When BritBox was announced, many wondered what impact it would make. Unless it offered something beyond the freely accessible programmes on BBC iPlayer and ITV Hub, what incentive would people have to start subscribing to another streaming platform?

As someone with an interest in archive television, streaming services have offered little to appeal to my tastes. When BritBox launched in the UK, I felt underwhelmed, though no more than I expected to be. Netflix’s provision for the 20th century is woeful: just 7% of the films and television programmes on its US service were released before 2000, while Amazon’s Prime Video is little better with 22% [1]. My browsing tells me that Netflix UK is much the same. Although we’ve a greater number of new shows and streaming supposedly provides better access than ever to as much television as we could want, the platforms providing them have been content to ignore most of the medium’s history.

The success of both the Talking Pictures TV and ForcesTV channels over the last few years has proved that there is an audience for less well-known archive programmes. Happily, within a few months of its launch, BritBox started to acquire some different archive items. Many are billed under BritBox’s ‘Out of This World’ collection, which currently includes Blake’s 7,Captain Scarlet and the Mysterons,The Hitch-Hiker’s Guide to the Galaxy, UFO, Randall and Hopkirk (Deceased), Sapphire and Steel, Space: 1999, Survivors, Thunderbirds and Timeslip.

Fig. 1: Streaming service BritBox, and its ‘Out of This World’ collection

While some of these programmes have received recent repeats, others have had to be sought on DVD and therefore offered a relatively steady market for a medium that has otherwise been fading in popularity – DVD player ownership peaked in 2009 [2] and Blu-ray has never took off in large enough numbers to replace it. Physical media has remained a necessity for viewing a broad range of archive television so now that looks set to change, does something like BritBox pose a threat? Will people decide to opt for the ease and space-saving of streaming now they can? They may not have a choice.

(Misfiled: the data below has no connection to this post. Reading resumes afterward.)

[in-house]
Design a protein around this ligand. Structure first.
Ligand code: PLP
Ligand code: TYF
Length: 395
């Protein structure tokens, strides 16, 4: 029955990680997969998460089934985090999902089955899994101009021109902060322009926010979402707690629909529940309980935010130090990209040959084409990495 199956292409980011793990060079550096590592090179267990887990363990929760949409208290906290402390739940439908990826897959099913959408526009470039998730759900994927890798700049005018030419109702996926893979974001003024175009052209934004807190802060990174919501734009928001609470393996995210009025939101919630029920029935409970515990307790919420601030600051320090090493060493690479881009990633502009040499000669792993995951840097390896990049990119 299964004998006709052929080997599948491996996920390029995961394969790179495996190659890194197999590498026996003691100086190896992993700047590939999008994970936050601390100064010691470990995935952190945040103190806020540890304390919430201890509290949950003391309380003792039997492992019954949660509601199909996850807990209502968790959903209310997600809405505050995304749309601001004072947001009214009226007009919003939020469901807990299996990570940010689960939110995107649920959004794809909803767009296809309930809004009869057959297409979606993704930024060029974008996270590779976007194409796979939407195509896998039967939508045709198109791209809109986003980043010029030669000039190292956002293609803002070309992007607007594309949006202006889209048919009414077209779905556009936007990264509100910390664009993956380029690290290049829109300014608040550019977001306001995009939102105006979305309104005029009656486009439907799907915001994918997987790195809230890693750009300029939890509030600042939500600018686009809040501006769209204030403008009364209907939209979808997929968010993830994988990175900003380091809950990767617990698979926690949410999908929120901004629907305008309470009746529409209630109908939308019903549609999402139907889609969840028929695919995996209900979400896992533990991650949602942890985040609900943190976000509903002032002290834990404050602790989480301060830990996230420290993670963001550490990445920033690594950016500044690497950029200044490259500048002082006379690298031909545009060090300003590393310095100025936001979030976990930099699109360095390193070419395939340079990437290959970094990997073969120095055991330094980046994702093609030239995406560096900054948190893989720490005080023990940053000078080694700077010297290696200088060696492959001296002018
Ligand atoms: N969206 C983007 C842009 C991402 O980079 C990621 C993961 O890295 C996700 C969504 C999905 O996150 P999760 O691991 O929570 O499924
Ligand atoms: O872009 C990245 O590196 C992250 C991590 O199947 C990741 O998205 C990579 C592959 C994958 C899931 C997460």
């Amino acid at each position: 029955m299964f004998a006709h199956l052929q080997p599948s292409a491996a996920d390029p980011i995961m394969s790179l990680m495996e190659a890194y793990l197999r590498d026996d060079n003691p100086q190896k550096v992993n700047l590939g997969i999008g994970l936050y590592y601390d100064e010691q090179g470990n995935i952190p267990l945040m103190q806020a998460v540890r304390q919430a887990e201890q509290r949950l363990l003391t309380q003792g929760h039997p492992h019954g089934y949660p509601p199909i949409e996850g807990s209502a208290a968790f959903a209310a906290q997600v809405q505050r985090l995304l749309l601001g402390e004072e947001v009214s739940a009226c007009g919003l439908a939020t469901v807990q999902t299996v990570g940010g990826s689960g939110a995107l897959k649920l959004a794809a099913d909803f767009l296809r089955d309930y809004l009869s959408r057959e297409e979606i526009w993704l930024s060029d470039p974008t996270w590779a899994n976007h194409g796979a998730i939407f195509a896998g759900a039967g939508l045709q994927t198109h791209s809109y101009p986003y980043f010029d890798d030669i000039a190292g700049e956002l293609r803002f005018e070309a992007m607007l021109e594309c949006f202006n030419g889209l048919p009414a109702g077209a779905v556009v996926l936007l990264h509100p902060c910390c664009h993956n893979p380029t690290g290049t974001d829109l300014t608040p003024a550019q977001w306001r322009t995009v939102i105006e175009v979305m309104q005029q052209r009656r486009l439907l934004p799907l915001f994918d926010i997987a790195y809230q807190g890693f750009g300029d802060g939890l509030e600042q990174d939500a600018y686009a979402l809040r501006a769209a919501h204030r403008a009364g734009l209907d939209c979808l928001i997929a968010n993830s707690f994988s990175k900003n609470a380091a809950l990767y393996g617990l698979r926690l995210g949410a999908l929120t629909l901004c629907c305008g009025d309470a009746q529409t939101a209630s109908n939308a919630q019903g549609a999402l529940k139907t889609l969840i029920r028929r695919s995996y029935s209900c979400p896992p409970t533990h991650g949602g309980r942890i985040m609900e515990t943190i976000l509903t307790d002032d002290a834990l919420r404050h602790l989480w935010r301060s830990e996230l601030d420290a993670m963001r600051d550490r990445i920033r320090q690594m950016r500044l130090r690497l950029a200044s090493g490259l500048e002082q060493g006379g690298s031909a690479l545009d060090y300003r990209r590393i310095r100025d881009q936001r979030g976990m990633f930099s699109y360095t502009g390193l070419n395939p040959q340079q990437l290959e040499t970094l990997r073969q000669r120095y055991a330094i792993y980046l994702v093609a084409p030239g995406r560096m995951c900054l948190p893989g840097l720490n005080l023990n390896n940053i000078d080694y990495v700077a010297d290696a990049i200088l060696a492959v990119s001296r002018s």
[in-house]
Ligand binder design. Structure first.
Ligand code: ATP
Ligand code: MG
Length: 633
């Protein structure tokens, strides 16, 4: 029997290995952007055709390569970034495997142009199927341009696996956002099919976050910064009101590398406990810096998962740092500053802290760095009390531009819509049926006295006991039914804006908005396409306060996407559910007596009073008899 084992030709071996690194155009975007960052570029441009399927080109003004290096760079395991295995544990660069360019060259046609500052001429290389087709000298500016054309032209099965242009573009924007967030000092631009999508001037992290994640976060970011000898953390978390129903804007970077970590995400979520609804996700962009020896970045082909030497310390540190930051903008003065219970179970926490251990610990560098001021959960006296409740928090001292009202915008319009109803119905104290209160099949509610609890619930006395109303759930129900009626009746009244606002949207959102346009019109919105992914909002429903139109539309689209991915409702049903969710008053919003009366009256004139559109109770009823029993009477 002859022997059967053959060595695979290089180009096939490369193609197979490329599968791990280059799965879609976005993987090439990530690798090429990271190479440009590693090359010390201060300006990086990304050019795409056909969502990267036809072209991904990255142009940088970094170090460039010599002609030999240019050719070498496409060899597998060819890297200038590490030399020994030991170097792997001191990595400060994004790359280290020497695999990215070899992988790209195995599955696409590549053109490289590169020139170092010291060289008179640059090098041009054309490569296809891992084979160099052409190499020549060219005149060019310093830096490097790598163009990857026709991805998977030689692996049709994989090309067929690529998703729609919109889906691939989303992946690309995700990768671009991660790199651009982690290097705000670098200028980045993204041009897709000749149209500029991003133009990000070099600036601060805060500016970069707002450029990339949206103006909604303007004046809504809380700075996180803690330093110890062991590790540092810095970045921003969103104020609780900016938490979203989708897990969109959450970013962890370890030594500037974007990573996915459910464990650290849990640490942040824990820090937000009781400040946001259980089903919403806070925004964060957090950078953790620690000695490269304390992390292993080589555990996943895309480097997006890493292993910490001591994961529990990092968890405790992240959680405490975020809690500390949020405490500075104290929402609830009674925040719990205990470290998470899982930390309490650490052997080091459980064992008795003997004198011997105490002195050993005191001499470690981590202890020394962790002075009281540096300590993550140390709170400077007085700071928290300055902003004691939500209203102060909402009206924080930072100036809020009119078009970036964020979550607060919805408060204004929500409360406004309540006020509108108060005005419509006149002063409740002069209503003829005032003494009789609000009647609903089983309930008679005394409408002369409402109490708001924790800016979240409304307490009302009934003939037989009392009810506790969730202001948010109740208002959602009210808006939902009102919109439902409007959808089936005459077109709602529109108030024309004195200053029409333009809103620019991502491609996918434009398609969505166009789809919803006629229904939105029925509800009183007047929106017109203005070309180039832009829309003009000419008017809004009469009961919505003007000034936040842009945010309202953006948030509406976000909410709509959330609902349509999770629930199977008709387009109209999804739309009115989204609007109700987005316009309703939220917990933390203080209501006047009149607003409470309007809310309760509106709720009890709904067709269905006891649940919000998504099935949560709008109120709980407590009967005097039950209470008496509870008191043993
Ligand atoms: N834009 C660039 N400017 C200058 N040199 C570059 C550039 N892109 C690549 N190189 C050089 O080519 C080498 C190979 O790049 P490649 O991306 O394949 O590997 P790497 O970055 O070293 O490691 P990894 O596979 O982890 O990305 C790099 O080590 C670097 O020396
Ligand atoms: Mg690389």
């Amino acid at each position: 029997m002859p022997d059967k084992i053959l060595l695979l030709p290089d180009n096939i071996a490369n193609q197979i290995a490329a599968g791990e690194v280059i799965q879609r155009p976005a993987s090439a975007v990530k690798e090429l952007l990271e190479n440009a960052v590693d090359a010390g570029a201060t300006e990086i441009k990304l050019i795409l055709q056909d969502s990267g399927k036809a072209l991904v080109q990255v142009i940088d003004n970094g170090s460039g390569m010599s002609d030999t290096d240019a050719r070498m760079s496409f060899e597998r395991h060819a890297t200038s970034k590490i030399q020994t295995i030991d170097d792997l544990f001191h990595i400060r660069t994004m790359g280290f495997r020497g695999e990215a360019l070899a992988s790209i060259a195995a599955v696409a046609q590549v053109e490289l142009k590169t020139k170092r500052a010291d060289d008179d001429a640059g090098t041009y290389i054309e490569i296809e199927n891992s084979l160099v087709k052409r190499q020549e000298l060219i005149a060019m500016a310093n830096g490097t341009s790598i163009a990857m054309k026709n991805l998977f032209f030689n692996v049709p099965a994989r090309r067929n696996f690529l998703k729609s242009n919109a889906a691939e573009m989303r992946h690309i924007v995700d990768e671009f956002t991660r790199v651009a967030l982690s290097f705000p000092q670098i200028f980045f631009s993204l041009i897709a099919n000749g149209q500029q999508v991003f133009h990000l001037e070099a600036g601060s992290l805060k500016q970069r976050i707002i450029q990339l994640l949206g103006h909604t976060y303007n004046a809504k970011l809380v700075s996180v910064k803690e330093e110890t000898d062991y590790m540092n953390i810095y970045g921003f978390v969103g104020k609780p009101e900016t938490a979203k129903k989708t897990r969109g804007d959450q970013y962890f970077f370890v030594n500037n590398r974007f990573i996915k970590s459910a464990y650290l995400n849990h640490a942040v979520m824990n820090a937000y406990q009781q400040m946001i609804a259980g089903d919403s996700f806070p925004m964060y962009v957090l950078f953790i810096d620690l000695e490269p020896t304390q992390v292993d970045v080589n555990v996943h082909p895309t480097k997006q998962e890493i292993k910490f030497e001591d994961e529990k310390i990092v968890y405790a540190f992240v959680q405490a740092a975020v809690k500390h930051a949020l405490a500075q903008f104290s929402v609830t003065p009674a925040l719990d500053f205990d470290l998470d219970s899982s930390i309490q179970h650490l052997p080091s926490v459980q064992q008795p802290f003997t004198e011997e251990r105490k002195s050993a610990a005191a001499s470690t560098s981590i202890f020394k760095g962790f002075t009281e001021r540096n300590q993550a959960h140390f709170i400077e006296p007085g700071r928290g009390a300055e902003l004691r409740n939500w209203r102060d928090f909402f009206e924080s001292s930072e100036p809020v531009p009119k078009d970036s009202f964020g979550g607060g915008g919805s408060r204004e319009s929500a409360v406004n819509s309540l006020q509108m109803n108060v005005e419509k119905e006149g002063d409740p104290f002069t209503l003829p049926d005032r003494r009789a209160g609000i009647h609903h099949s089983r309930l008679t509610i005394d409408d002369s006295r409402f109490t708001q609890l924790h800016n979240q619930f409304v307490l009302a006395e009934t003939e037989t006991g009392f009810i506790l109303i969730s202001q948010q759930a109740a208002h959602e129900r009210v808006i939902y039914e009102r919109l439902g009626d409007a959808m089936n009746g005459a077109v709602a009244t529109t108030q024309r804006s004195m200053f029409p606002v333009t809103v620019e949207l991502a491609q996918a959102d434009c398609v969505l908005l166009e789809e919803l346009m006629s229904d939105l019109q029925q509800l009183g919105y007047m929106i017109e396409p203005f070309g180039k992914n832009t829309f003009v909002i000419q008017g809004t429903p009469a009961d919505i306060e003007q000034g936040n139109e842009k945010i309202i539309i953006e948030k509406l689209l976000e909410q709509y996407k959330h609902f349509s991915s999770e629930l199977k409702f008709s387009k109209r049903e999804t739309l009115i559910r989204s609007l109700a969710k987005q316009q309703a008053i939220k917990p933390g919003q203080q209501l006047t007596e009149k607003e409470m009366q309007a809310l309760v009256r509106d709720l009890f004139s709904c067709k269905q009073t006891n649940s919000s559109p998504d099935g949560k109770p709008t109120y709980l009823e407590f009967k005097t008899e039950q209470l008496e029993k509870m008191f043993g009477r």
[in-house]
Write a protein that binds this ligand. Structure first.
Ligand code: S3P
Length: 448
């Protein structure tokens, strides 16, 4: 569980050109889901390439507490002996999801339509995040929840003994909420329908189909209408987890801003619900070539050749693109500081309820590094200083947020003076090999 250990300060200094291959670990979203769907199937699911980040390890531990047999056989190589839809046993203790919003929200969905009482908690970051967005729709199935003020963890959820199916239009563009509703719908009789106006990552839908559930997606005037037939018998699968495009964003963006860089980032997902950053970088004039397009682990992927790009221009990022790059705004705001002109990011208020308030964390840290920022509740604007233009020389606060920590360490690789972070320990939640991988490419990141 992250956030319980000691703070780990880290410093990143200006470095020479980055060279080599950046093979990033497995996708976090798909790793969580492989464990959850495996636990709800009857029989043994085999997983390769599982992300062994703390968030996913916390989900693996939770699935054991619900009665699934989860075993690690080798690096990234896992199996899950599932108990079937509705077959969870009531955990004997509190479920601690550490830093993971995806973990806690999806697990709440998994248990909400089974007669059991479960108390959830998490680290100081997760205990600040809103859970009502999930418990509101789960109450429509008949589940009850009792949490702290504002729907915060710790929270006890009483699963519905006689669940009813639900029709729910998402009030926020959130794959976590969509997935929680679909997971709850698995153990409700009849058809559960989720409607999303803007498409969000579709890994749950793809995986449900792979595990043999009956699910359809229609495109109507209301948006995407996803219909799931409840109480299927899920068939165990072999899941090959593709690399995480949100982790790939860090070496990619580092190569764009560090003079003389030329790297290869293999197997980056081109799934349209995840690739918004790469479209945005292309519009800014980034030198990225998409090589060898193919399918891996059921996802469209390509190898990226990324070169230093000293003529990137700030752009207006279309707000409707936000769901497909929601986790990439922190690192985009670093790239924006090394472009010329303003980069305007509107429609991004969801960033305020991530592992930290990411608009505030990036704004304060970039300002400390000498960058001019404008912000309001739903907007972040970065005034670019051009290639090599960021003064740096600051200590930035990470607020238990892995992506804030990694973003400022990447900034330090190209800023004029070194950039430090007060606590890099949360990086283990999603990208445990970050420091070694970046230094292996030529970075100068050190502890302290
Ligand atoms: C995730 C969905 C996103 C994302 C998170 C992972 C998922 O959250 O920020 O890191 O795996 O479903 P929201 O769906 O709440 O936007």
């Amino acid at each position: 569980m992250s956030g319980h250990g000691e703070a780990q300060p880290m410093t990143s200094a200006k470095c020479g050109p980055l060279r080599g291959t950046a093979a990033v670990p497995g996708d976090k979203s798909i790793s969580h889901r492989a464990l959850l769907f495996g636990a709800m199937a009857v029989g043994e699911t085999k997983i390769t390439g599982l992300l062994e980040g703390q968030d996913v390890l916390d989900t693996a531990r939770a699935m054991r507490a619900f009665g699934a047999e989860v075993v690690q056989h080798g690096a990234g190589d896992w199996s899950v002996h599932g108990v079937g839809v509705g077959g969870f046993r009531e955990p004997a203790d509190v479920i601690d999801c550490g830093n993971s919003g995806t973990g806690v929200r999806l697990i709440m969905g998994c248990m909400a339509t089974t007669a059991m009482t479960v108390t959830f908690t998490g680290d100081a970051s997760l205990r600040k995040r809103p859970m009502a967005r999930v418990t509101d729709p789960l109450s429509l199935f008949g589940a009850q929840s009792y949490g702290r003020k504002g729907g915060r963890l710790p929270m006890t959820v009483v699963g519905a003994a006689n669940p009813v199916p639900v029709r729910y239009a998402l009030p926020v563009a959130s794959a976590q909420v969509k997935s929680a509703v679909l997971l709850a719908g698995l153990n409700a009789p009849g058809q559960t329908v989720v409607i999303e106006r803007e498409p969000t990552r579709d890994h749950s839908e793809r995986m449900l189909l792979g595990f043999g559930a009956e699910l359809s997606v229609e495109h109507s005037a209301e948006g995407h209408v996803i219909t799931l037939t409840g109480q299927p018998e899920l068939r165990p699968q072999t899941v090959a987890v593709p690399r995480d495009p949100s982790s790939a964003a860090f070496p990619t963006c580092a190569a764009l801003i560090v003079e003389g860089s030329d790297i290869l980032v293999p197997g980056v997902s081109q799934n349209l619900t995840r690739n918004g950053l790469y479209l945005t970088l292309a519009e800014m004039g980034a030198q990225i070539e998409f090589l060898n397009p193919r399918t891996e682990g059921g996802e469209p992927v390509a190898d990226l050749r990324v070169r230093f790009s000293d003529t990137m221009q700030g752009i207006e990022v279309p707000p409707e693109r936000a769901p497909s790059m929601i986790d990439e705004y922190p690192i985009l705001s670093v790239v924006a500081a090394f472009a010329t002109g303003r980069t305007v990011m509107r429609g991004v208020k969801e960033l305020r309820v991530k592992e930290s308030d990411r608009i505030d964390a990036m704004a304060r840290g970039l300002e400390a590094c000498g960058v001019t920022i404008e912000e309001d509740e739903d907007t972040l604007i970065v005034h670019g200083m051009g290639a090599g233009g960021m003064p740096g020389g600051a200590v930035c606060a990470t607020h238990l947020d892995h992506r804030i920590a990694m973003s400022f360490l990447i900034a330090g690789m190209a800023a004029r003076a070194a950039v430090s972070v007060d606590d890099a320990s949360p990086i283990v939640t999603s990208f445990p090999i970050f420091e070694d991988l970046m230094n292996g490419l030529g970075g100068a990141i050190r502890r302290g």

Companies like Disney and Warner Bros have experimented with limiting physical releases to short periods on a cycle in order to keep their values high. It’s been over a decade since DVDs were flying off the shelves with large profit margins. Limited edition DVDs or Blu-rays are among the few types of releases that can still command higher prices. Exclusivity is more important than ever for content to retain its value. Yet as the streaming market expands and more viewers move away from physical media, it’s reasonable to see some physical releases grounding to a halt entirely, which could eventually leave streaming as the only option to access the copyright holders’ archives.

Disney has cemented their control over access recently. After 25 years of broadcasting, Disney Channel, along with its sister channels Disney XD and Disney Junior, all closed down in the UK at the start of October 2020. The company’s Disney+ streaming service launched in the UK last year. Now, Sky and Virgin Media customers who previously received the broadcast channels will have to pay an extra £5.99 a month to access Disney’s content via Disney+. In addition to this, Disney’s content is now gone from Netflix, further driving audiences to Disney+. Similarly, following the launch of BritBox, the BBC and ITV will not be renewing programme contracts with Netflix and don’t plan to licence programmes to Netflix or Amazon in the future [3]. This all offers the potential for ultimate exclusivity.